Tracking Down the Roots of an Elusive Song

This is something I do all the time; and I believe a lot of people must find themselves with similar problems, so here goes.

The song in question is “Aaj Unse Pehli Mulaaqat Hogi”: sung by Kishore Kumar, music “RD Burman”:, lyrics Anand Bakshi, film Paraaya Dhan (1971).

For a while now, I knew that the tune of the line “phir hoga kya, kya pata kya khabar” was copied-from/adapted-from/”inspired-by” some western song. I had heard it in restaurants, ad jingles, english movie trailers- but none of these sources were enough to track down where the tune originally came from. In fact, I have a long list of tunes in my head for which I have been searching for the source for years. For years, I kept my ears open to hear this particular tune again somewhere I can ask someone what song was playing! No luck.

Until recently. I was watching the movie “Dodgeball” (mindless fun), when the same snippet of tune (‘phir hoga kya, kya pata…”) played in the background of the movie, with rap lyrics interspersed. Now the thing about rap or hip hop (for those unfamiliar) is that the lyrics are original, but the beats and tunes may be sampled from all kinds of sources- old, new, eastern, african, coutry, jazz, you name it. So, armed with this information, I set out to find this song. I turned to the trust IMDb for help.

Now, IMDB has a page that lists all the music used in a particular film for every film for which such information is available. So I went to the page for “the movie Dodgeball and found its soundtrack listing”: This page had a list of all the songs played in the movie; a LONG list. Now I had to find a way to hear each one, until I found the one I was looking for.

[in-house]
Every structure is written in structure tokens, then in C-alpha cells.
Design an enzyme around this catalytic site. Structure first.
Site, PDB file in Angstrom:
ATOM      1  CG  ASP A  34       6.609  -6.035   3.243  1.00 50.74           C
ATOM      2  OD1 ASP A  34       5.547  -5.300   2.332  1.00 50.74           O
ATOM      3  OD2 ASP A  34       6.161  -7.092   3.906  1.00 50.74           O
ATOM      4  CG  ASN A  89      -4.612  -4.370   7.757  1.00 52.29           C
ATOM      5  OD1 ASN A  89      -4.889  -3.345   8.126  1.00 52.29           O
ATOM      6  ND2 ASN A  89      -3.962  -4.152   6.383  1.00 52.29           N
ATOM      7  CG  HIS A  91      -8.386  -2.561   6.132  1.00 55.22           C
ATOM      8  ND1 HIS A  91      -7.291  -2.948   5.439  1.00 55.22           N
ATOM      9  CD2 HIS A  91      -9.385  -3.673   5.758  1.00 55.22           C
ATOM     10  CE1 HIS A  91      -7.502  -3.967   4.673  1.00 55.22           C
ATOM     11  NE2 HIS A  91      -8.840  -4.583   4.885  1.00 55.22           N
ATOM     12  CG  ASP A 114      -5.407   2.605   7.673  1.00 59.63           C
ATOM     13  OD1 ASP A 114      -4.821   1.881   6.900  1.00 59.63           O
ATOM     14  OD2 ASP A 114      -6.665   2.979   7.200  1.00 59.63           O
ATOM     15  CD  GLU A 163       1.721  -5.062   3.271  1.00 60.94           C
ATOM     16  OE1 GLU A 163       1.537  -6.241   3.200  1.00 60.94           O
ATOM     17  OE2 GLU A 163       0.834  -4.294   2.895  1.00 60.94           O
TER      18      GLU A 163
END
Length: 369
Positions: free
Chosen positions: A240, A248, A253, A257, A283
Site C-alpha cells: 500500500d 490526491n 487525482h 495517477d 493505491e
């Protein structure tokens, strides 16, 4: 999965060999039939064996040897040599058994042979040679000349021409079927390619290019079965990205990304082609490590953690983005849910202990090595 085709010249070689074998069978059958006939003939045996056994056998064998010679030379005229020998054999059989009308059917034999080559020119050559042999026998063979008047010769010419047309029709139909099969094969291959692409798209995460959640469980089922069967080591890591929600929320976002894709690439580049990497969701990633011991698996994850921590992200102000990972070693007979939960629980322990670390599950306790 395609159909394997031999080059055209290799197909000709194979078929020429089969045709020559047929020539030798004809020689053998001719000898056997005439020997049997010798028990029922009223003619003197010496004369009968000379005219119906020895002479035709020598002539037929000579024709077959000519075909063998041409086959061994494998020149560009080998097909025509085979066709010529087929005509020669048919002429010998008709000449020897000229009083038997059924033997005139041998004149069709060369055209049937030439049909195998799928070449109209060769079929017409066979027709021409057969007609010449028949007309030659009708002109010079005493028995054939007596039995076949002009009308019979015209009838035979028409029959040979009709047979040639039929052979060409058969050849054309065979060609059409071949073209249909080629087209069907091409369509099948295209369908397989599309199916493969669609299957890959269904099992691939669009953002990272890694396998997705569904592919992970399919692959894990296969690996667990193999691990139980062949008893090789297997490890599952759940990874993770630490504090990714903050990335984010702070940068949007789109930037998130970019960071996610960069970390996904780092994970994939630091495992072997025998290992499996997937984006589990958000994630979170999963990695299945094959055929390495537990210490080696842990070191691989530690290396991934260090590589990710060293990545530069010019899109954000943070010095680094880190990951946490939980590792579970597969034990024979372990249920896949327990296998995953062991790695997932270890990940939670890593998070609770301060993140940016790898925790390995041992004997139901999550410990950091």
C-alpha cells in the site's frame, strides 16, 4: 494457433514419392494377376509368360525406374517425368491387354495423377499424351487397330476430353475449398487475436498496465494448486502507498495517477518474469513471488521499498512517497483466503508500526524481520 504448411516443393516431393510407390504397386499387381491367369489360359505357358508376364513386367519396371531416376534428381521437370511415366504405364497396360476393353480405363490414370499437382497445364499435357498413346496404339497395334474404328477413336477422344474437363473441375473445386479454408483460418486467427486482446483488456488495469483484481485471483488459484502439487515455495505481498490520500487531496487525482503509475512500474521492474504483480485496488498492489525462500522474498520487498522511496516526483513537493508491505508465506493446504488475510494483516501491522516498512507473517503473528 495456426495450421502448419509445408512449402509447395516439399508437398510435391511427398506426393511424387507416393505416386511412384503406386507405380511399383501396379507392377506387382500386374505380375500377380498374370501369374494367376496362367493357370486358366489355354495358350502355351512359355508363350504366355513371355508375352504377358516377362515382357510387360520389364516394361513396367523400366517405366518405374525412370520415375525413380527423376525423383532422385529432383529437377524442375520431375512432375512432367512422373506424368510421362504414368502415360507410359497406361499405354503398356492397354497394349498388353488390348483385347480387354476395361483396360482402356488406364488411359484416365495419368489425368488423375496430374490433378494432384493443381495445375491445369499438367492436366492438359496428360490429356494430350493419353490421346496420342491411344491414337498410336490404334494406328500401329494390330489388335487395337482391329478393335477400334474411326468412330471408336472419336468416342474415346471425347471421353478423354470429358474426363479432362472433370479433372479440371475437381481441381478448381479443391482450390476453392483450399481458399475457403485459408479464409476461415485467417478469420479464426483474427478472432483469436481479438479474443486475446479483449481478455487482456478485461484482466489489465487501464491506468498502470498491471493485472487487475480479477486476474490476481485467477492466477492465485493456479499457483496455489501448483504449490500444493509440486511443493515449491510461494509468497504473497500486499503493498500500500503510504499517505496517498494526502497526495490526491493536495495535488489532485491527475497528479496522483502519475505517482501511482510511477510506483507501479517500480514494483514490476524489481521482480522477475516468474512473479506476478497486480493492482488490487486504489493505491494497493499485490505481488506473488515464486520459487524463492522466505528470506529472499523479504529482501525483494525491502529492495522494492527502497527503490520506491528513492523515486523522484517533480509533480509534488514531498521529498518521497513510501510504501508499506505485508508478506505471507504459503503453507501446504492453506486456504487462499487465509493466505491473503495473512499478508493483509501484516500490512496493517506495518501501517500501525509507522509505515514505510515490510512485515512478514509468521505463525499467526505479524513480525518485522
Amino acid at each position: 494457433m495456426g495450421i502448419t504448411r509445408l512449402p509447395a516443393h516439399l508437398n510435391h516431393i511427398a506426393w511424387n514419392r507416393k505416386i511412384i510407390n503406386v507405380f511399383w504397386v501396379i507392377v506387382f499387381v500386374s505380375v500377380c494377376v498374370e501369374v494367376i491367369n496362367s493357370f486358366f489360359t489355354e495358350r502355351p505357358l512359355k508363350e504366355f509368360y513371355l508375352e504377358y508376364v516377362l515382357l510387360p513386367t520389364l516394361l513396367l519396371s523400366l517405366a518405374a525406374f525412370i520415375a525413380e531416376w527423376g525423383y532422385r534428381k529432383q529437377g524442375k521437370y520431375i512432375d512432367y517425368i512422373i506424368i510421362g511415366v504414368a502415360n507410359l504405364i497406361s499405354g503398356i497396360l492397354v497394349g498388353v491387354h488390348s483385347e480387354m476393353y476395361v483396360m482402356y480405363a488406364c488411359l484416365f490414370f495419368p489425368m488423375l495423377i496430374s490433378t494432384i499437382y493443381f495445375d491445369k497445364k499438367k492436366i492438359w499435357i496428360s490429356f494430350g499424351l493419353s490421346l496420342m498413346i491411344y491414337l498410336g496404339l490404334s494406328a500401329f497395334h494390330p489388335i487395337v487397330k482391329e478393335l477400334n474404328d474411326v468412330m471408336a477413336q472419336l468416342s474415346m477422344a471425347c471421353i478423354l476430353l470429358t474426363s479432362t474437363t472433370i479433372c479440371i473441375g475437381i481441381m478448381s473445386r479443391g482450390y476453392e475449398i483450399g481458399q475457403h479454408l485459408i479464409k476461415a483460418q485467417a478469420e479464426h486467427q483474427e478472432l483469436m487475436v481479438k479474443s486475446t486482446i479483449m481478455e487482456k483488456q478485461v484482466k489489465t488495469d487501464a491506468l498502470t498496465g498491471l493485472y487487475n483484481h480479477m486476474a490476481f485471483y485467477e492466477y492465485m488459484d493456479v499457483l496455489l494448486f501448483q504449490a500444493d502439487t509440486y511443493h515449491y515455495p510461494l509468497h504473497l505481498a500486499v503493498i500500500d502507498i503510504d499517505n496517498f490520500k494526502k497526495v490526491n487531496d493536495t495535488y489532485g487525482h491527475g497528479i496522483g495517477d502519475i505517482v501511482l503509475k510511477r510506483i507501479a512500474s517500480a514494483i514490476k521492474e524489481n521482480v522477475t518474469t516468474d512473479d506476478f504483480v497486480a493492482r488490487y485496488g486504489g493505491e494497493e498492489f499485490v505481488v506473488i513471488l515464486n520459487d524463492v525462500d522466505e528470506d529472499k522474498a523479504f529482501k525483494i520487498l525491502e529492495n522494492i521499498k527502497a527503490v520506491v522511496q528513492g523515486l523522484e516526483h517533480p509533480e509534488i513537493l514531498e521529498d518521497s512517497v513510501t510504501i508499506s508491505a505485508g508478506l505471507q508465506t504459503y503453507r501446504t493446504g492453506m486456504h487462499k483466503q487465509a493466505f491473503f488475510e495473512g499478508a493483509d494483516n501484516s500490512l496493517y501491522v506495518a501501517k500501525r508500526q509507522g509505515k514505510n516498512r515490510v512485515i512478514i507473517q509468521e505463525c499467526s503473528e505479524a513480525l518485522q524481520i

So I turned to the “iTunes Music store”: They give 30 second clips of songs to sample (english, some Hindi). You can do the same at “”: or for Hindi music, at “”: (currently down). 30 seconds would be enough to find my winner.

So I went through every song sequentially, listening to the 30 second clip until –

Finally, I found the song. It was a rap song called “Apache” and was produced in 1981. But how was that possible? Had they, in fact, copied the song from RD Burman? Not likely, I thought- like I said before, rap and hip hop usually take samples from older songs. In this case, I thought, they must have sampled from an older western song.

So I Googled the song Apache (and the group “Sugarhill Gang”:, that produced the 1981 version) and after a few false positives, found this article on the root of Apache at Soul Sides..

From that article:

In 1959, Lordan saw a Burt Lancaster movie called Apache, which had come out in 1954. In much the way Charlton Heston played a Mexican in Touch of Evil, Lancaster was Massai, the last Apache left after Geronimo’s surrender to the U.S. Cavalry in New Mexico, and a man out for vengeance.

This gave Lordan an idea for a song, also titled “Apache,” and Lordan sold it to Bert Weeden, then the top-selling solo guitar instrumentalist in England.

And the song has been adapted dozens of time since- most notable, for me at least, by RD Burman in 1971. It is stories like this that illustrate why RD Burman was so relevant for every generation since the 60s.


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